A Rose by any Other Name? Using Core Components to Categorize Social and Emotional Learning Provision

Research output: Contribution to journalArticlepeer-review


Although social and emotional learning (SEL) benefits children and youth worldwide, classifying a program as SEL is insufficient to capture its variability of content. There is currently little to aid in identifying specific program content so that foci may be identified (e.g., self-management skills vs. social skills). This gap poses a difficulty for researchers attempting to address heterogeneity in SEL research and practitioners who want to select programs best suited for their contexts. This paper begins to address these concerns by extracting and contrasting ‘core components’ of interventions within an identified shortlist of 13 universal, elementary evidence-based programs through a distillation method using the often cited ‘five core competency’ model from CASEL (Collaborative for Academic, Social, and Emotional Learning). Results showed that CASEL’s core competencies are represented across short-listed programs. However, almost all programs had identifiable foci, targeting a subset of skills. Accordingly, the use of ‘core components’ is recommended as a method for offering more nuance in SEL classification for programs beyond the current study, with implications for program implementation and the design of future research in SEL evaluation.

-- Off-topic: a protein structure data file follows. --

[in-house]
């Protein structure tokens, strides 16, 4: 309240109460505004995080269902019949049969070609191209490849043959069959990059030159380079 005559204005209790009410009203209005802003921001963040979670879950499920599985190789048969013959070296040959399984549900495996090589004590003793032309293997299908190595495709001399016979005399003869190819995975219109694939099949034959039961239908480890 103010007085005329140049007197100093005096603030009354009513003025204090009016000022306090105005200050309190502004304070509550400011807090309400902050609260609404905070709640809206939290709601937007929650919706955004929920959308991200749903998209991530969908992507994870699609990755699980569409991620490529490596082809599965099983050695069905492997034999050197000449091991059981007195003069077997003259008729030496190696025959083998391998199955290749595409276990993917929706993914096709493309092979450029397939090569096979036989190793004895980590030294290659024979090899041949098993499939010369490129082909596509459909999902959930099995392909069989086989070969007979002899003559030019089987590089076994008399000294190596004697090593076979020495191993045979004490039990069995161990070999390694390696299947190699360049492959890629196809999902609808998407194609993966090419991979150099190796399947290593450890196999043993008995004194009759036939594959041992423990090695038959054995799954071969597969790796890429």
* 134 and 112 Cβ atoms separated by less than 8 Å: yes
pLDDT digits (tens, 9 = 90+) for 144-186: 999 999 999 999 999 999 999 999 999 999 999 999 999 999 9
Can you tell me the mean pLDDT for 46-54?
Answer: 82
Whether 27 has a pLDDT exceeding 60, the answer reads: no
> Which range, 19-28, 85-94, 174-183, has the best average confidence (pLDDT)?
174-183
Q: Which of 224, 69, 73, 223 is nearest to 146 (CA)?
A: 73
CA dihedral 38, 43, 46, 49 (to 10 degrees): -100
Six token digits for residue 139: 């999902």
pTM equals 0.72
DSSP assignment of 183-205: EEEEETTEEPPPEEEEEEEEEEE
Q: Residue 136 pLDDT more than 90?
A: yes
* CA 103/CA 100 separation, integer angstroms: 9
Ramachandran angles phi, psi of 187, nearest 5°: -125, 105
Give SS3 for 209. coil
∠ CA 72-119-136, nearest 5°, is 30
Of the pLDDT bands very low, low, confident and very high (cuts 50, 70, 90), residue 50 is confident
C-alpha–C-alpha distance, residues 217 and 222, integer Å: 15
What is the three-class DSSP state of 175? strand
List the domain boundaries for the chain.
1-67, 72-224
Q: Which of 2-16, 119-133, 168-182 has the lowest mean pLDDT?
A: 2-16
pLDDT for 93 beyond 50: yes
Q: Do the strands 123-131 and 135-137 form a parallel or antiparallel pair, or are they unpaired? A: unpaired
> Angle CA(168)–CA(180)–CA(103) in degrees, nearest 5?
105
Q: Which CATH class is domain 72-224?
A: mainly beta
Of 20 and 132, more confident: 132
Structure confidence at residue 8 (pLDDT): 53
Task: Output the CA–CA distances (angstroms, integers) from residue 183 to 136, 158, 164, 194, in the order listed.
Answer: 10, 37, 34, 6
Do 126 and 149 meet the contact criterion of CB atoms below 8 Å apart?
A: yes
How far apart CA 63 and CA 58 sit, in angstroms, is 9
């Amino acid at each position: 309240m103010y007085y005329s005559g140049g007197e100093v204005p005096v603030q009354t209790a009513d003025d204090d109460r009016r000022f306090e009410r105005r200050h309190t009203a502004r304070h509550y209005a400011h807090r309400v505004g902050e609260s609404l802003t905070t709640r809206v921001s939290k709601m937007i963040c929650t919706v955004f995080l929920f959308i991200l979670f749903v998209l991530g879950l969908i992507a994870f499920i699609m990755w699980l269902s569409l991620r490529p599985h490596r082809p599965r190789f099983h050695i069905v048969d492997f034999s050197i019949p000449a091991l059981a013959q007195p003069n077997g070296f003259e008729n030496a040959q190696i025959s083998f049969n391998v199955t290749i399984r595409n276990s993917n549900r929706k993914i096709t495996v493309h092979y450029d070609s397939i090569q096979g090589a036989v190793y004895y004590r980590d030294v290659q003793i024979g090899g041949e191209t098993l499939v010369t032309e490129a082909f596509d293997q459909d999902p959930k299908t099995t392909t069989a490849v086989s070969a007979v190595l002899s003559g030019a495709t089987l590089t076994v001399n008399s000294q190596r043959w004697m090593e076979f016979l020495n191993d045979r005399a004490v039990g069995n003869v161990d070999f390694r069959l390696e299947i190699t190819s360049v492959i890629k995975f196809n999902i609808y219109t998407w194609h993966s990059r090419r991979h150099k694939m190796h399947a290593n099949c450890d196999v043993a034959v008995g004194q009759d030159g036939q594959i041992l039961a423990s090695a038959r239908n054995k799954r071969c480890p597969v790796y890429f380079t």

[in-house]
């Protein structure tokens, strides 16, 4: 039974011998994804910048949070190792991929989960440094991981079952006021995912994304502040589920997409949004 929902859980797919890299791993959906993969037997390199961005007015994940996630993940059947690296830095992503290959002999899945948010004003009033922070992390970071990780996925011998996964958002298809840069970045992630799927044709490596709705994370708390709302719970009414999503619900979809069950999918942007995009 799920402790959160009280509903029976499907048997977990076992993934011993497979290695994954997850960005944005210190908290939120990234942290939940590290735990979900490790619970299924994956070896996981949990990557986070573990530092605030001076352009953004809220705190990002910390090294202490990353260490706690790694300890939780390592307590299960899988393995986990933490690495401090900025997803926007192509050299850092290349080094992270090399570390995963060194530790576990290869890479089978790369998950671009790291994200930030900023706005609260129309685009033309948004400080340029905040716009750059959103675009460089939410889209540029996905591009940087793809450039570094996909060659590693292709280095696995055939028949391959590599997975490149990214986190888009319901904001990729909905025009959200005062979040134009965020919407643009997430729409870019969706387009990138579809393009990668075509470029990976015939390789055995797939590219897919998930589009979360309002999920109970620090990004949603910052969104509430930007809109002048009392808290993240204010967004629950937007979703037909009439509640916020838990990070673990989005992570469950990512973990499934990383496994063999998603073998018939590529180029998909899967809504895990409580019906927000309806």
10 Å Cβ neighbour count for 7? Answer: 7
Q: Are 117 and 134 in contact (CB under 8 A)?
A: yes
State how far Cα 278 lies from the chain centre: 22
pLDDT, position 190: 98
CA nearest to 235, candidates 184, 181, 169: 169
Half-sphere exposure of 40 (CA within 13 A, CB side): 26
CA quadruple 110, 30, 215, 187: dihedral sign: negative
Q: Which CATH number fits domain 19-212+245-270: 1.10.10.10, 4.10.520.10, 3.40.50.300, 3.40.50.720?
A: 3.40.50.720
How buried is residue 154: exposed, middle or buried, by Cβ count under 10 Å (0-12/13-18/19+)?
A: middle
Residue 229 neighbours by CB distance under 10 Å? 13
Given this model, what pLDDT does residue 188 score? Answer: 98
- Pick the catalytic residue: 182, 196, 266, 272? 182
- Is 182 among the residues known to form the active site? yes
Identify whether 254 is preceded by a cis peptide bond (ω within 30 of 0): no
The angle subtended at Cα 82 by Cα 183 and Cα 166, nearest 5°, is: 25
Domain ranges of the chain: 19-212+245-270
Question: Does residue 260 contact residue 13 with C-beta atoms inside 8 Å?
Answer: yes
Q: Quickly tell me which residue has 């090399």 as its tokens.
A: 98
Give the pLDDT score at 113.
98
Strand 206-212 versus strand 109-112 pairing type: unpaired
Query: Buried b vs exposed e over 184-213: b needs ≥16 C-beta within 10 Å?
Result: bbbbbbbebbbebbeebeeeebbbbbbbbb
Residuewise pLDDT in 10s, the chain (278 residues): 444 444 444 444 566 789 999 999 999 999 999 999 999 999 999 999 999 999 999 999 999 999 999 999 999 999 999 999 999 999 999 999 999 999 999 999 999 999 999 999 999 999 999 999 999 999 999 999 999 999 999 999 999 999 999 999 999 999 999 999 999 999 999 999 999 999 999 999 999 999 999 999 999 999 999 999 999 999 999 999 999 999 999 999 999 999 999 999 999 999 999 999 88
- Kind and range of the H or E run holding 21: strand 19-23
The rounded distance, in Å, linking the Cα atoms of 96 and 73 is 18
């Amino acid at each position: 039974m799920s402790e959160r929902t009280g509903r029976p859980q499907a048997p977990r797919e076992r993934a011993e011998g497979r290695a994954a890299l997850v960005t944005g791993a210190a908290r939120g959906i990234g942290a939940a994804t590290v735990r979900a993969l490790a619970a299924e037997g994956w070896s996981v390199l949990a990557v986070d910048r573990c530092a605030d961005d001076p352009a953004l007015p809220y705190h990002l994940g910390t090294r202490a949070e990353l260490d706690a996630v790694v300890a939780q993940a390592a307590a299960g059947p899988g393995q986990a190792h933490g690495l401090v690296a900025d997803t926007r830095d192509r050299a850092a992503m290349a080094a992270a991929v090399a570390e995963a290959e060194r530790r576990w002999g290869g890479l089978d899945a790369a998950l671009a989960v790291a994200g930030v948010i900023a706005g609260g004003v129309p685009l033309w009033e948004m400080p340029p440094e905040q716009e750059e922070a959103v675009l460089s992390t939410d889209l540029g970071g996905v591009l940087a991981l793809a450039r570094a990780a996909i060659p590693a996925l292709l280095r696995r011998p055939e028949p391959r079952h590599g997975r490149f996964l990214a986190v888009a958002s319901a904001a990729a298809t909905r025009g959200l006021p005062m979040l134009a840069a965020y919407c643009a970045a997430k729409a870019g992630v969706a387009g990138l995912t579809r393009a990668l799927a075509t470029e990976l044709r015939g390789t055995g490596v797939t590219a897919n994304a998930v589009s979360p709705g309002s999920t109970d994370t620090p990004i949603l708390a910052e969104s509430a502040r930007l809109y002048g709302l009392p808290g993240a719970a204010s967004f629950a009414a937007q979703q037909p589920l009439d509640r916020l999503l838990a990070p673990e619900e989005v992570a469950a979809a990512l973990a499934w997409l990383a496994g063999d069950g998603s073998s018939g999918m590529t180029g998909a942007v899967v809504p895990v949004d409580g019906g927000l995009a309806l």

Original languageEnglish
Number of pages12
JournalSchool Mental Health
Early online date11 May 2023
Publication statusE-pub ahead of print - 11 May 2023


  • Common elements
  • Core components
  • SEL
  • Social and emotional learning
  • Universal intervention


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